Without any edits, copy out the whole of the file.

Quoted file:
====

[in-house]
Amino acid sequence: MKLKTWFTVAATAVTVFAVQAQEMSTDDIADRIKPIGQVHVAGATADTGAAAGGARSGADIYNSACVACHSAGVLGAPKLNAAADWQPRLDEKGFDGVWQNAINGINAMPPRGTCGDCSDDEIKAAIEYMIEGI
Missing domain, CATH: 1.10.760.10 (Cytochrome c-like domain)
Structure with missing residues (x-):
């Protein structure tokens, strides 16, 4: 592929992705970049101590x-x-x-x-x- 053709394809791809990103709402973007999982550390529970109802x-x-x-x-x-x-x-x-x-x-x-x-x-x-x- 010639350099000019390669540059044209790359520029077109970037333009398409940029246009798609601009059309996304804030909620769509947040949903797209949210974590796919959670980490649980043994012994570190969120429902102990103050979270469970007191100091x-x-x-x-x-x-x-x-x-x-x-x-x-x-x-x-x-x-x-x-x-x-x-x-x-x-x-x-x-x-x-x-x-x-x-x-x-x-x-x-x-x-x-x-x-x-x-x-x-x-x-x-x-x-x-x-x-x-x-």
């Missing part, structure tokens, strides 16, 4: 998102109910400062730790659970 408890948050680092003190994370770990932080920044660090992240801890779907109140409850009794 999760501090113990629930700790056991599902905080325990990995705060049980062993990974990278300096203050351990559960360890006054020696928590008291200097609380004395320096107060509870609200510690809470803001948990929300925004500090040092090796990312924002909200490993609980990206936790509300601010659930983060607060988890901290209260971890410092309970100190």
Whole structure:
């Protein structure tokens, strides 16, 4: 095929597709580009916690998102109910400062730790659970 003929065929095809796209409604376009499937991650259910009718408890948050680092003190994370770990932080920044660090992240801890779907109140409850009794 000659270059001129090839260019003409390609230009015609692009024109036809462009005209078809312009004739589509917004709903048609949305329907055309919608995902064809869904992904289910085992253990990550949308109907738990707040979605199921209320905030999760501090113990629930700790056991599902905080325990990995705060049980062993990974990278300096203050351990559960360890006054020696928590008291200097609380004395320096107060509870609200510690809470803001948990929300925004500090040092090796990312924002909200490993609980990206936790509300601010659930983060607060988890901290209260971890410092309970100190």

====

[in-house]
Amino acid sequence: MKLKTWFTVAATAVTVFAVQAQEMSTDDIADRIKPIGQVHVAGATADTGAAAGGARSGADIYNSACVACHSAGVLGAPKLNAAADWQPRLDEKGFDGVWQNAINGINAMPPRGTCGDCSDDEIKAAIEYMIEGI
Missing domain, CATH: 1.10.760.10 (Cytochrome c-like domain)
Structure with missing residues (x-):
């Protein structure tokens, strides 16, 4: 592929992705970049101590x-x-x-x-x- 053709394809791809990103709402973007999982550390529970109802x-x-x-x-x-x-x-x-x-x-x-x-x-x-x- 010639350099000019390669540059044209790359520029077109970037333009398409940029246009798609601009059309996304804030909620769509947040949903797209949210974590796919959670980490649980043994012994570190969120429902102990103050979270469970007191100091x-x-x-x-x-x-x-x-x-x-x-x-x-x-x-x-x-x-x-x-x-x-x-x-x-x-x-x-x-x-x-x-x-x-x-x-x-x-x-x-x-x-x-x-x-x-x-x-x-x-x-x-x-x-x-x-x-x-x-």
């Missing part, structure tokens, strides 16, 4: 998102109910400062730790659970 408890948050680092003190994370770990932080920044660090992240801890779907109140409850009794 999760501090113990629930700790056991599902905080325990990995705060049980062993990974990278300096203050351990559960360890006054020696928590008291200097609380004395320096107060509870609200510690809470803001948990929300925004500090040092090796990312924002909200490993609980990206936790509300601010659930983060607060988890901290209260971890410092309970100190």
Whole structure:
């Protein structure tokens, strides 16, 4: 095929597709580009916690998102109910400062730790659970 003929065929095809796209409604376009499937991650259910009718408890948050680092003190994370770990932080920044660090992240801890779907109140409850009794 000659270059001129090839260019003409390609230009015609692009024109036809462009005209078809312009004739589509917004709903048609949305329907055309919608995902064809869904992904289910085992253990990550949308109907738990707040979605199921209320905030999760501090113990629930700790056991599902905080325990990995705060049980062993990974990278300096203050351990559960360890006054020696928590008291200097609380004395320096107060509870609200510690809470803001948990929300925004500090040092090796990312924002909200490993609980990206936790509300601010659930983060607060988890901290209260971890410092309970100190």